European stock markets were higher after the open in subdued trade on Tuesday, as volumes remained light ahead of the Christmas holiday.
During European morning trade, France’s CAC 40 inched up 0.3%, while London’s FTSE 100 added 0.4%. Markets in London were to close at 12:30 p.m. London time, or 7:30 a.m. Eastern Time, while markets in France are due to close around 1 p.m. London time.
Several other European stock markets are fully closed for trade. Bourses in Germany, Italy, Greece, Switzerland and Scandinavia are all set to remain shut.
Market sentiment remained supported amid indications the U.S. economic recovery is deepening. The Commerce Department said Monday that U.S. personal spending rose 0.5% last month, the highest since June.
Market players looked ahead to U.S. data on durable goods orders and new home sales later in the day to gauge if the U.S. economy will be strong enough to allow the Federal Reserve to continue withdrawing support through 2014.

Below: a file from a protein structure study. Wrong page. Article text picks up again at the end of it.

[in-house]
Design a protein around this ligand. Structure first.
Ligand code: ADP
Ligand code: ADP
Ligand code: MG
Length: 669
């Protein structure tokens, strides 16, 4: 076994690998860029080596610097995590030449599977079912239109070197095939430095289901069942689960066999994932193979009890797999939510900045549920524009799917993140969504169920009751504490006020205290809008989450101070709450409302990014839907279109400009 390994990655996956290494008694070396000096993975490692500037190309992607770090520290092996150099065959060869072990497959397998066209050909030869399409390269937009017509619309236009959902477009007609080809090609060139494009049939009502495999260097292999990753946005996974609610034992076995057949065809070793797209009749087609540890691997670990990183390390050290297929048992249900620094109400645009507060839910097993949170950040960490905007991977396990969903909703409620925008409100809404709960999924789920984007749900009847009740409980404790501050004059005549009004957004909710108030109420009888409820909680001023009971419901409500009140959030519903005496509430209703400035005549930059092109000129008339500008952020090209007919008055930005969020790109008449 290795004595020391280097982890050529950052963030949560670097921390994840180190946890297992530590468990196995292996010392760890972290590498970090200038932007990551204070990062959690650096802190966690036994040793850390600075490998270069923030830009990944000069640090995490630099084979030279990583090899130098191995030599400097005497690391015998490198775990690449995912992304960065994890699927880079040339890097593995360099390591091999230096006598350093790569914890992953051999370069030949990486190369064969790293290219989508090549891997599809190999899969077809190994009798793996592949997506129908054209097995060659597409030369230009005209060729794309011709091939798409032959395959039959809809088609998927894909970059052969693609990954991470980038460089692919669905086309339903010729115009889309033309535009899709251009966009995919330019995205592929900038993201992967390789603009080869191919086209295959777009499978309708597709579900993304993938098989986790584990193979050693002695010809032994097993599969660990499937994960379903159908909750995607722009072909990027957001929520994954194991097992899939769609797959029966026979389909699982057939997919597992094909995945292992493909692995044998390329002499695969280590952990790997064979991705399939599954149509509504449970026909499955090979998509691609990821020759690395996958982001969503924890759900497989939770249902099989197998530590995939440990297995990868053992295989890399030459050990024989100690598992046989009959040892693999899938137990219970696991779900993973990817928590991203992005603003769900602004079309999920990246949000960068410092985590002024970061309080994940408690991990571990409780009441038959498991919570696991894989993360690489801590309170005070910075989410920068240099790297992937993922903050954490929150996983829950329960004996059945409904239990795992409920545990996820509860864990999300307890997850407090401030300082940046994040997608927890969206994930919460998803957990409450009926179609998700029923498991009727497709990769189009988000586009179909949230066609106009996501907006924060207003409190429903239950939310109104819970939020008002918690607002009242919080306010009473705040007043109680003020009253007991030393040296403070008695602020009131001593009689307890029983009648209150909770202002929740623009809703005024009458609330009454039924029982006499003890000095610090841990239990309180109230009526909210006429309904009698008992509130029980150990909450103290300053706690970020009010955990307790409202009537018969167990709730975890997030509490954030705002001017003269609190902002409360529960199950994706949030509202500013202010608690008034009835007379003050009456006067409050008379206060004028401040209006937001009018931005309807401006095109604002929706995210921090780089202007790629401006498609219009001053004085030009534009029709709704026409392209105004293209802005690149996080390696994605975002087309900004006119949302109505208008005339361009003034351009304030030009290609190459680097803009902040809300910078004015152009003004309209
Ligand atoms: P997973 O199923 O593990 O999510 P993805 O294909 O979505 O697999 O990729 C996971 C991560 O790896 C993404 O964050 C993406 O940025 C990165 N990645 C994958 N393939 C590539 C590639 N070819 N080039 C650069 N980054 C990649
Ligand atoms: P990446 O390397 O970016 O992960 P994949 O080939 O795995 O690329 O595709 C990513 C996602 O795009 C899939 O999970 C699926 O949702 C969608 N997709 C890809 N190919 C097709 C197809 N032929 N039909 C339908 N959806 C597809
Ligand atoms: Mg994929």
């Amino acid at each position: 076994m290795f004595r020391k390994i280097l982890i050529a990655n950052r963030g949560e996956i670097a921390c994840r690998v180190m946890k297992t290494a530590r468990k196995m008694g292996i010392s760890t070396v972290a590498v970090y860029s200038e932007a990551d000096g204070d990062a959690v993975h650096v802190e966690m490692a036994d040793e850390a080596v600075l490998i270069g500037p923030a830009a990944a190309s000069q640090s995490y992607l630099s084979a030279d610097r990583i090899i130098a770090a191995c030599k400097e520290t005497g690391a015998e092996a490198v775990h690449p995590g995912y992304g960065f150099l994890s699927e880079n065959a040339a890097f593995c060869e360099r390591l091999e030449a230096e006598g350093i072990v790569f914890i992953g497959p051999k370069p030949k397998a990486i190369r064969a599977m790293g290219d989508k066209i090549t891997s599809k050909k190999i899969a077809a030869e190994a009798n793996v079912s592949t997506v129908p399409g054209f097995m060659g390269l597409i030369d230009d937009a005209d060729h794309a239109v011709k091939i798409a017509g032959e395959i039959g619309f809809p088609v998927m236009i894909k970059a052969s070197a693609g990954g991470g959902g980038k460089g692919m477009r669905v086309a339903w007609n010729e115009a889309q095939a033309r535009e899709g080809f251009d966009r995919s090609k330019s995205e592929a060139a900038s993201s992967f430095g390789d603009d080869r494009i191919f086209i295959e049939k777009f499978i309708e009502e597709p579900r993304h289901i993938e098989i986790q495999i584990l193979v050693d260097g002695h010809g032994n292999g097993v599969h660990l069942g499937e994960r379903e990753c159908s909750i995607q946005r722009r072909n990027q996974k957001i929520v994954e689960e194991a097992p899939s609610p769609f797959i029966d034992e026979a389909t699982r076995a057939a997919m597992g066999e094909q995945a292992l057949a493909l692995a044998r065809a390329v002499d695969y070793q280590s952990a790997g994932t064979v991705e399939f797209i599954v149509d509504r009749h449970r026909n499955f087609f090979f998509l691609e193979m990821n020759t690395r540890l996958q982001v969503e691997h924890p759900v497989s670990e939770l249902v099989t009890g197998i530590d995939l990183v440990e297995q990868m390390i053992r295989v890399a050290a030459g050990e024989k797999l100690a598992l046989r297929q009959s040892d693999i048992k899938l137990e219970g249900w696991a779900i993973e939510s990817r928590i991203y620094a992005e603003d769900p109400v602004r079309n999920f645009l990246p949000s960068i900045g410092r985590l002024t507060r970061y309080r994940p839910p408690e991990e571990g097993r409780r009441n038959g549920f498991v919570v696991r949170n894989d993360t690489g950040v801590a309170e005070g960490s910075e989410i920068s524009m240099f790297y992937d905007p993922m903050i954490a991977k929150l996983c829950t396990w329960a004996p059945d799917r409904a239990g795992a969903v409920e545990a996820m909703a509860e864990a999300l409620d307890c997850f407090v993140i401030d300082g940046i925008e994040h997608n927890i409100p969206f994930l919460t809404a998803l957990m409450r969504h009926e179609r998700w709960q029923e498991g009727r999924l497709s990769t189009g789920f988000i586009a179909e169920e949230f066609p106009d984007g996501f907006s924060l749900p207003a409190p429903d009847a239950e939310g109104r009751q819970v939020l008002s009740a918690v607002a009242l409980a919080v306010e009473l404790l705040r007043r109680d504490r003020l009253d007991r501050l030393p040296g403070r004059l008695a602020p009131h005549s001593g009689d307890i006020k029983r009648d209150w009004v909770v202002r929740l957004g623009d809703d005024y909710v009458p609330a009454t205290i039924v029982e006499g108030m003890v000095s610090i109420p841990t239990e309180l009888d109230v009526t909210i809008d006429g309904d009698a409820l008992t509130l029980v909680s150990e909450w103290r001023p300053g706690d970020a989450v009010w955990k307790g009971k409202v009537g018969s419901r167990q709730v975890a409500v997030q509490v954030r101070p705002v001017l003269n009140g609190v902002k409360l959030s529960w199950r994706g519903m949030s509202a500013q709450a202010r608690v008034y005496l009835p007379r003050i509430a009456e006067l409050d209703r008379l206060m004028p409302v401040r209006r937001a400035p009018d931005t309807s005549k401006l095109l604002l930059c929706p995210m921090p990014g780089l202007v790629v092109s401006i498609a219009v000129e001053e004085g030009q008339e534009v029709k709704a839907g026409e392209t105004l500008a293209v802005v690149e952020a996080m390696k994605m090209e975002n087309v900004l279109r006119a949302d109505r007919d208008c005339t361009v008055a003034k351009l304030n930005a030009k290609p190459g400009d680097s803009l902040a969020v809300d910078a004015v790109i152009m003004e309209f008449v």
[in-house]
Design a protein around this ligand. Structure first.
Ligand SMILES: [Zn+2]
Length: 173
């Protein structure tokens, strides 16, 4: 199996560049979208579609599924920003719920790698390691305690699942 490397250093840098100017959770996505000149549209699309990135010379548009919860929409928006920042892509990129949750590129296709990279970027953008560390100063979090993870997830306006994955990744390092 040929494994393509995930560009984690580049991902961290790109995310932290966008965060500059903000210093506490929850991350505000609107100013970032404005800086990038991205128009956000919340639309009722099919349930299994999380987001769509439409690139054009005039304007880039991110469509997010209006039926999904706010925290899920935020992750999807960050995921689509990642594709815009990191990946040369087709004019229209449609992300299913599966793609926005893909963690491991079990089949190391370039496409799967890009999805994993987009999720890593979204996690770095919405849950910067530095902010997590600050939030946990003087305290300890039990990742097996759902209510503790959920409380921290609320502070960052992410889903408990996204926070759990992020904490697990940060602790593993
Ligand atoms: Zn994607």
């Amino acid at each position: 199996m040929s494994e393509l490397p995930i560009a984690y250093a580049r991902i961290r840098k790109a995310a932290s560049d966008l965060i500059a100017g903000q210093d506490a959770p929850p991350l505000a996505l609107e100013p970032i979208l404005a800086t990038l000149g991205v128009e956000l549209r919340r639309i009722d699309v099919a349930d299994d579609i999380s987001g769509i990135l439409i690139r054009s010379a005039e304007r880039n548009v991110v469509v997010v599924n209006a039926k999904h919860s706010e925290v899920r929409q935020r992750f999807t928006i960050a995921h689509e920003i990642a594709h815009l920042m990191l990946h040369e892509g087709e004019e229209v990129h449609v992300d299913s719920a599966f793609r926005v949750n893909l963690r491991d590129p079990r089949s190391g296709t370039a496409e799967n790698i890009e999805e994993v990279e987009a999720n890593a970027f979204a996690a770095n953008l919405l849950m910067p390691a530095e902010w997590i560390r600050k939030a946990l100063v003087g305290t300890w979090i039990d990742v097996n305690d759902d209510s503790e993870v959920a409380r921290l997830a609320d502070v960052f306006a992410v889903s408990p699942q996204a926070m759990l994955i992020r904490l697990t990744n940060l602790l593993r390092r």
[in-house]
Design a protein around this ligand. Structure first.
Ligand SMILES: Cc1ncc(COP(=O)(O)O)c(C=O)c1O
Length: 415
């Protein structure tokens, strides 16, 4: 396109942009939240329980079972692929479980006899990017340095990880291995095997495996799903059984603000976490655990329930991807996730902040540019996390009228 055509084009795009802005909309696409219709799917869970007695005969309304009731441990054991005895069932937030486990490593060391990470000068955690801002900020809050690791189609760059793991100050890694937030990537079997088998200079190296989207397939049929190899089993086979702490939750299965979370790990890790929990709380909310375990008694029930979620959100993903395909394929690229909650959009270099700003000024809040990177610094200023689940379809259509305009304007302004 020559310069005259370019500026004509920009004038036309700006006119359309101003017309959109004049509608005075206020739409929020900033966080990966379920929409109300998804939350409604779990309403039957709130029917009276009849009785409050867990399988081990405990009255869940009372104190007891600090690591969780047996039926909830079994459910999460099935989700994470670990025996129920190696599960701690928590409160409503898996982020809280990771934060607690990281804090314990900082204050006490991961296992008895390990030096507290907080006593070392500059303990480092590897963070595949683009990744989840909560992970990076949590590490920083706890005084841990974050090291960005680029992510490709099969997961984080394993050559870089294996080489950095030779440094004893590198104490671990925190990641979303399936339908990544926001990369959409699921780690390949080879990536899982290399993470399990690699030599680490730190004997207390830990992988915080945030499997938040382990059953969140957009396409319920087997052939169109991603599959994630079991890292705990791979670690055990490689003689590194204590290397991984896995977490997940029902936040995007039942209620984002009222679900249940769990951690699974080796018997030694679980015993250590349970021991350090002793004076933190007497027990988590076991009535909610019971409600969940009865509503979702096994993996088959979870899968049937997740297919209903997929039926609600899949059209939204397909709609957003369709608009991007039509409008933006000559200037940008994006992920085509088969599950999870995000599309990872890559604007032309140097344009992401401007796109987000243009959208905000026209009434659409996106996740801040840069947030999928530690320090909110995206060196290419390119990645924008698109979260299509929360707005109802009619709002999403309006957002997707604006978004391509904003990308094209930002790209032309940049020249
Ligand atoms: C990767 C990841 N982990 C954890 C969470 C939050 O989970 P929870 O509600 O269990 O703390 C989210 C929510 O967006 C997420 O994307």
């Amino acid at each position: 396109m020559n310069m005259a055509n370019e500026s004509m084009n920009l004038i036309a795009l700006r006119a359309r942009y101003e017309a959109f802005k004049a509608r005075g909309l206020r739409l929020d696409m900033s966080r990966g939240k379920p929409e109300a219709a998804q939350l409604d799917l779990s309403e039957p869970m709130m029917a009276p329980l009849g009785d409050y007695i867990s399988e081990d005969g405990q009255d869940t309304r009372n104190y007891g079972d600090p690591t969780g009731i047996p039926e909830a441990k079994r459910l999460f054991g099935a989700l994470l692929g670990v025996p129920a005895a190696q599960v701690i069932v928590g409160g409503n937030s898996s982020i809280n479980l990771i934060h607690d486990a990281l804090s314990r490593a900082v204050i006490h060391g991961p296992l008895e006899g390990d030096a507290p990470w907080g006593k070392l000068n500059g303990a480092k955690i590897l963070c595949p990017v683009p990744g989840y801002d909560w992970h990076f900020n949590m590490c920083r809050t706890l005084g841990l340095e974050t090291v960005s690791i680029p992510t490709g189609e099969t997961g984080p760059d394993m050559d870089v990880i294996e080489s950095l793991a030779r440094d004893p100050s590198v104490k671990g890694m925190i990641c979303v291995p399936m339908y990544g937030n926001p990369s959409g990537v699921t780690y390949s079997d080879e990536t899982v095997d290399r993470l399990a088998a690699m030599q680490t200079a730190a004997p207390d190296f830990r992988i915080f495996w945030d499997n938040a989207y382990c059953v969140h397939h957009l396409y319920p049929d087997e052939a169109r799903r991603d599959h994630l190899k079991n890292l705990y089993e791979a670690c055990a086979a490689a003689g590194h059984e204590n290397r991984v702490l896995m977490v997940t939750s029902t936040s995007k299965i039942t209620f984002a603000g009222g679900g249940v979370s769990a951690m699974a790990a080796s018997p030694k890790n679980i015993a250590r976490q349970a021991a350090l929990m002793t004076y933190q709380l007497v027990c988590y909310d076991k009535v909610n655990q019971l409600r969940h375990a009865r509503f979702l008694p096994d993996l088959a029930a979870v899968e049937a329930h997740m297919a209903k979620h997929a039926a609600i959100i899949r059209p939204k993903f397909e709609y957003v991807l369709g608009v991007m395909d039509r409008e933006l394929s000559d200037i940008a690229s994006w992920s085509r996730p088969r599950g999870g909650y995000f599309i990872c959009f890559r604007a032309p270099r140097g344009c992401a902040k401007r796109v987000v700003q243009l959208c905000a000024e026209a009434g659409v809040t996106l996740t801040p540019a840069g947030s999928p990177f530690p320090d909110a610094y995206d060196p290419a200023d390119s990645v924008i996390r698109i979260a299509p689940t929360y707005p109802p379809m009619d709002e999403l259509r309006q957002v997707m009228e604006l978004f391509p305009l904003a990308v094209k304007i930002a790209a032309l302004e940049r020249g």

Global equities rallied last week after the Fed announced that it would reduce its USD85 billion-a-month bond buying program by USD10 billion in January.
In France, sentiment got an additional boost after official data showed that consumer spending rose 1.4% in November, the first increase in four months and easily surpassing expectations for a 0.4% gain.
Separate data confirmed that France’s economy grew 0.1% in the third quarter, while the second quarter figure was revised up to a 0.6% gain from a previous estimate of 0.5%.
In the U.S., equity markets pointed to a steady open, after the Dow closed at a fresh record high on Monday, while the Nasdaq climbed to the highest level in 13 years.
The Dow Jones Industrial Average futures pointed to a 0.1% rise, S&P 500 futures signaled a 0.07% increase, while the Nasdaq 100 futures indicated a 0.08% climb.
Meanwhile, in Asia, stock markets were broadly higher amid mounting optimism over the health of the U.S. economy and after the People’s Bank of China injected liquidity to the financial system.
The PBOC injected USD4.7 billion through open-market operations for the first time in three weeks on Tuesday, sending borrowing costs to around 5.5%, well off the previous day’s high of nearly 9%.
In Tokyo, the Nikkei rallied to the highest level since 2007 before trimming gains as traders monitored movements in the currency market. USD/JPY rose to hit a daily high of 104.40, before pulling back to hit 104.18.
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